BURN THE SHIPS. Like maritime explorers of old, Logic Speak followed that approach after we rolled out a new service delivery process. There was no turning back. We knew there might be casualties, but our client and revenue growth had outpaced our investments in internal systems and processes. If we had continued on that path we would have imploded. Our new service delivery process has become the foundation of all our subsequent growth.
Our voyage began in 2015, when I bought out my business partner. This was the result of advice we had received from a business coach, who had astutely pointed out that neither of us was willing to let the other drive the boat, and lack of a clear leader was holding us back. The first three things I did with my “new” company were to craft a real mission statement, replace our help desk system with Autotask, and revamp our service delivery process.
Our homegrown help desk system couldn’t support the growth we wanted. We had an all-hands-on deck service approach, with technicians cherry-picking clients or tickets they could resolve quickly. As a result, we had a massive backlog. I enlisted the entire company to help with the Autotask conversion by assigning different functional areas for them to learn, implement, and train our employees on. But we were still doing things the same way, just in a new system.
Shortly after that I heard IT business coach Manuel Palachuk speak at a conference about “the 10 golden rules of PSA,” which is basically a high-level framework for how you interface with clients and handle tickets. He also addressed tracking work in real time, which we had struggled with for years.
After trying to muddle through his recommendations on our own, I enlisted his help to implement what he calls “agile service delivery,” which is about adding structure to the generic canvas that is your PSA. It ensures that we provide solutions to our clients’ needs predictably, reliably, and accurately using industry-standard priorities, well-documented tickets, complete and accurate time tracking, and a refined focus on the next task at hand. Ultimately, it helps our technicians eliminate noise and do what they love—fixing problems for our clients and having a positive impact on their day.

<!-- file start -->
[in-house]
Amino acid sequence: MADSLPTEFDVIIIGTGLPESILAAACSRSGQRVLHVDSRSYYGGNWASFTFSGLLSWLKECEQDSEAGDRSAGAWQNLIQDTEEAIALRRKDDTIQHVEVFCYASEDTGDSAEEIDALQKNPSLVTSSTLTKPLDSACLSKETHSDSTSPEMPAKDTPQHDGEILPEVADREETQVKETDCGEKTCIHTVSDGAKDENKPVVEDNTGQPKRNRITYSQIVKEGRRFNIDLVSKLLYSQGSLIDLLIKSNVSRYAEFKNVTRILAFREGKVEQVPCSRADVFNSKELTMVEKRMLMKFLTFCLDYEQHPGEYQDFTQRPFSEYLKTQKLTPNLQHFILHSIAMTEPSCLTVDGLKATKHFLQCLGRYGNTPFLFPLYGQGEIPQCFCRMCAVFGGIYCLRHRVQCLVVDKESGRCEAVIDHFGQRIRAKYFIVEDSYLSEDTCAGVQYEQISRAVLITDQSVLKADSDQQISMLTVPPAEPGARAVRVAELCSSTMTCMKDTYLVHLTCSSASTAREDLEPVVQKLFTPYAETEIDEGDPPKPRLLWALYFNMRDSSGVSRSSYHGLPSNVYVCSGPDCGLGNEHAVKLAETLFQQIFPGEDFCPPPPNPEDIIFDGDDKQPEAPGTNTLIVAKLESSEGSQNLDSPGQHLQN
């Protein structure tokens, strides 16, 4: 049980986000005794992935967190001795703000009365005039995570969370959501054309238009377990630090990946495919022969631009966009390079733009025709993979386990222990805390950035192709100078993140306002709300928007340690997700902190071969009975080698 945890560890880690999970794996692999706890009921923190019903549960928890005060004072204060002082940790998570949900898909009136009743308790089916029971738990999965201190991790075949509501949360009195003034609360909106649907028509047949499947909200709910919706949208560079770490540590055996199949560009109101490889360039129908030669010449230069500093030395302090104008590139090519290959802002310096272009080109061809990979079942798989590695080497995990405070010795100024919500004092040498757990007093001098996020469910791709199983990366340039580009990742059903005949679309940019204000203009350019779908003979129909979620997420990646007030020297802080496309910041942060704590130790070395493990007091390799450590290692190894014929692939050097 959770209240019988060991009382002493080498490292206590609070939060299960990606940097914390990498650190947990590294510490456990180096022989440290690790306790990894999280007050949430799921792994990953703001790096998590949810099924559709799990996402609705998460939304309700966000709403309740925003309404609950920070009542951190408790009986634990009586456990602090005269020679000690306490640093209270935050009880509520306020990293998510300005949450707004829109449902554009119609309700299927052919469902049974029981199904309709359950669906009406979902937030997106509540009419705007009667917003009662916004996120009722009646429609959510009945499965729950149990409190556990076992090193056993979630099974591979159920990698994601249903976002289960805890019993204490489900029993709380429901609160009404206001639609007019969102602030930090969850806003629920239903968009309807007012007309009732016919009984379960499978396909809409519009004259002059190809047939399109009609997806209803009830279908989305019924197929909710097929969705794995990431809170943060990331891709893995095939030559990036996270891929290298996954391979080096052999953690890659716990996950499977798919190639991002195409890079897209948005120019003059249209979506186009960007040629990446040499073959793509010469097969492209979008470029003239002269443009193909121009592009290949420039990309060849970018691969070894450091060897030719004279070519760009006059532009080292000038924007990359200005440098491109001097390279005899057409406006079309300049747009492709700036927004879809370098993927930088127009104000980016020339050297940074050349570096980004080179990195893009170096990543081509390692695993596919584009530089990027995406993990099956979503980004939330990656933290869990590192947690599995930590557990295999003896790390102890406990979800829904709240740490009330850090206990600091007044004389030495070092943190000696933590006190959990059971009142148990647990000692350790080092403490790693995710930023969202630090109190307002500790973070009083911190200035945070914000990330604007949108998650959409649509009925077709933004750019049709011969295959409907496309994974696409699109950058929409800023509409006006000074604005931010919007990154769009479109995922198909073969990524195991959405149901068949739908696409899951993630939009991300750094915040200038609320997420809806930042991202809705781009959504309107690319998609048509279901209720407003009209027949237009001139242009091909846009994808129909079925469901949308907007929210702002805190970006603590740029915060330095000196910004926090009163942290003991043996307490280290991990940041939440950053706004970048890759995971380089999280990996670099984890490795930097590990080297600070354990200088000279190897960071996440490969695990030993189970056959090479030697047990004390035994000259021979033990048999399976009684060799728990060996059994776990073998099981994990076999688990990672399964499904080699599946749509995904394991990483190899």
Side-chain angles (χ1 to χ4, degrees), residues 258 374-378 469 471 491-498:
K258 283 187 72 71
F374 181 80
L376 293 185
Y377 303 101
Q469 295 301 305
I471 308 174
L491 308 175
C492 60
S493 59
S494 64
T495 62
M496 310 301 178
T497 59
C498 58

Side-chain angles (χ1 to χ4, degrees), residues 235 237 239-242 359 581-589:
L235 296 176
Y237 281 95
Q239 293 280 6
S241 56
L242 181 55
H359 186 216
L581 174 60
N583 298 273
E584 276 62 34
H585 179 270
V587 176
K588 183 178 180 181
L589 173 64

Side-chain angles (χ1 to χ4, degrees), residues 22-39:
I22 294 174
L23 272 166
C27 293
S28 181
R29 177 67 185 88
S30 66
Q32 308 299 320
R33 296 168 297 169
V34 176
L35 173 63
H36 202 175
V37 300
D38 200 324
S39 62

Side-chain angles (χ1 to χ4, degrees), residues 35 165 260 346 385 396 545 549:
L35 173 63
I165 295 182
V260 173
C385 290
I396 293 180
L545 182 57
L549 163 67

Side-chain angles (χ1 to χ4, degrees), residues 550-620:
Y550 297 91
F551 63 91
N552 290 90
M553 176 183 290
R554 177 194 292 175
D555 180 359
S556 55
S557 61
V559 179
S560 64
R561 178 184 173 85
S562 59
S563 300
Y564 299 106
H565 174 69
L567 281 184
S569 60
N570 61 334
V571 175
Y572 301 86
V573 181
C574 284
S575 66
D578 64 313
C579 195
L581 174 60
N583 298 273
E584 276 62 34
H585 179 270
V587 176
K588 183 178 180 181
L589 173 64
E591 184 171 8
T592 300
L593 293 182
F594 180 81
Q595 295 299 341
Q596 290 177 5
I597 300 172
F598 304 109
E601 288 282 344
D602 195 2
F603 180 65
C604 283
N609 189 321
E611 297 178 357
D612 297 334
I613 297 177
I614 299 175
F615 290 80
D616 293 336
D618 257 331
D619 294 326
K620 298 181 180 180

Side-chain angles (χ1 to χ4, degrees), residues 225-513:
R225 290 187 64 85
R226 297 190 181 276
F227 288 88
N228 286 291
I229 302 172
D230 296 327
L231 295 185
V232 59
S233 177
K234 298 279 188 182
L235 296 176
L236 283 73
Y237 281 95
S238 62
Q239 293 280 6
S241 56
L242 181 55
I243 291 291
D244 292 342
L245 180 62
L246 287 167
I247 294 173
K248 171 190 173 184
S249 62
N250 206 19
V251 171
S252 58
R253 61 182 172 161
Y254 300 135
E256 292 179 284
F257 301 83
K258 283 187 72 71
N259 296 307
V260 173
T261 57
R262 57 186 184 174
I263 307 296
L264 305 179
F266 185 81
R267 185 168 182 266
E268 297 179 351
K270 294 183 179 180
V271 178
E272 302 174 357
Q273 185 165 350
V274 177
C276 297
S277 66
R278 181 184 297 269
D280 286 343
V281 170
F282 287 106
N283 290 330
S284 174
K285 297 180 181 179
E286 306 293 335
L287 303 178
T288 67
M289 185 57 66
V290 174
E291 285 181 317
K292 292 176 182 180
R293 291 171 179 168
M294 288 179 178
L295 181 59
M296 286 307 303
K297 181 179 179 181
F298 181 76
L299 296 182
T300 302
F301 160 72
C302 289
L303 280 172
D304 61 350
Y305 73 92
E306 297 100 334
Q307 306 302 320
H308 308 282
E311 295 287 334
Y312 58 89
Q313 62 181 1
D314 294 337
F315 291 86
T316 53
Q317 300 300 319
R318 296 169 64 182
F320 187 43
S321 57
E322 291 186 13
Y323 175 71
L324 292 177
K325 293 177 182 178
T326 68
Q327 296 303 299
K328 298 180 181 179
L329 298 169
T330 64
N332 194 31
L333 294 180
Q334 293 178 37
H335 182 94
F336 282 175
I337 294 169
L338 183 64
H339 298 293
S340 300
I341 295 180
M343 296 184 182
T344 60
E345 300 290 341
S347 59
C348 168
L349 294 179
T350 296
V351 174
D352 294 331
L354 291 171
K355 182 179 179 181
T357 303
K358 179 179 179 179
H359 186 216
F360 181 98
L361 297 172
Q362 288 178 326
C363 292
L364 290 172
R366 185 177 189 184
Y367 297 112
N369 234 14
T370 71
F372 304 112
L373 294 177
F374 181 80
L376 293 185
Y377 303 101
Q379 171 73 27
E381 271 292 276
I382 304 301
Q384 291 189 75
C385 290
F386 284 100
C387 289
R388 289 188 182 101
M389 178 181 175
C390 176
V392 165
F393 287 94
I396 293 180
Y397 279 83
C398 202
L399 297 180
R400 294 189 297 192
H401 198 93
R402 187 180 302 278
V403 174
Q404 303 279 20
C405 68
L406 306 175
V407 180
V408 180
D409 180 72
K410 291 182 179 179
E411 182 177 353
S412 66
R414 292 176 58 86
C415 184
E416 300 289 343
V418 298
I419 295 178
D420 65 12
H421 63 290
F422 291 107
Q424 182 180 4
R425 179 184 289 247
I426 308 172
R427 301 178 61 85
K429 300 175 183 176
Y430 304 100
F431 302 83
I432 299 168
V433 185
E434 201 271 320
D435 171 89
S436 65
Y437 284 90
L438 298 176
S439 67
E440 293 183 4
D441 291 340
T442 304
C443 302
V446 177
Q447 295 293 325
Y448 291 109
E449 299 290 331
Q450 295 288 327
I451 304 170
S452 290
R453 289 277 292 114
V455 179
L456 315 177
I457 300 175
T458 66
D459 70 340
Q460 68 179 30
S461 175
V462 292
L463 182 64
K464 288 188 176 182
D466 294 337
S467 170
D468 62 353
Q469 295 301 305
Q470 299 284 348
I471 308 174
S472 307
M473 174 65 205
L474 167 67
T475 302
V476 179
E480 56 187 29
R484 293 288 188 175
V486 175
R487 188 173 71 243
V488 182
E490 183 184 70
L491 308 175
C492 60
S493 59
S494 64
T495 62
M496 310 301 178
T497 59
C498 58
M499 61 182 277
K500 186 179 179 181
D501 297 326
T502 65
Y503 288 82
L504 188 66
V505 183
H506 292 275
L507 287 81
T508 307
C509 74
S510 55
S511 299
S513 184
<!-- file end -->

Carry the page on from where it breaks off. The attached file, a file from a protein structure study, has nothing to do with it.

Because we’re working and tracking in real-time, from the moment my technicians get to the office to when they leave, there are no gaps, overlaps, or duplicate time entries. We can look at a person’s day and see exactly what he or she was working on. Not only does that help in billing, but the real beauty of it is we now have an accurate and complete picture of how our technicians are spending their time, so we can drive greater efficiency.
In addition, we can more accurately plan for our backlog and calculate how long it will take to clear out pending tickets. We track that on a rolling 12-week basis so we can pinpoint any issues that are slowing us down.
We are also able to easily tweak processes that aren’t working, and we hold regular meetings to give everyone a voice. When your system is as well defined as ours, you can change a knob half a degree and see how that affects efficiency.
There were some casualties. We knew we might lose people who were resistant to change, and we did, despite our best efforts to involve everyone and get buy-in over a several-month implementation.
However, the combination of process improvement, working and tracking in real-time, and converting to managed services has been transformational for our business. We’ve doubled our net profits and are on track to grow revenue from $2.5 million last year to $3.5 million this year. Moreover, we have been moving upstream and signing larger managed services customers.
The bottom line is, we couldn’t have done any of this, including acquiring an IT service company, without revamping our service delivery process. That’s why we burned the ships.
Photography by Brad Newton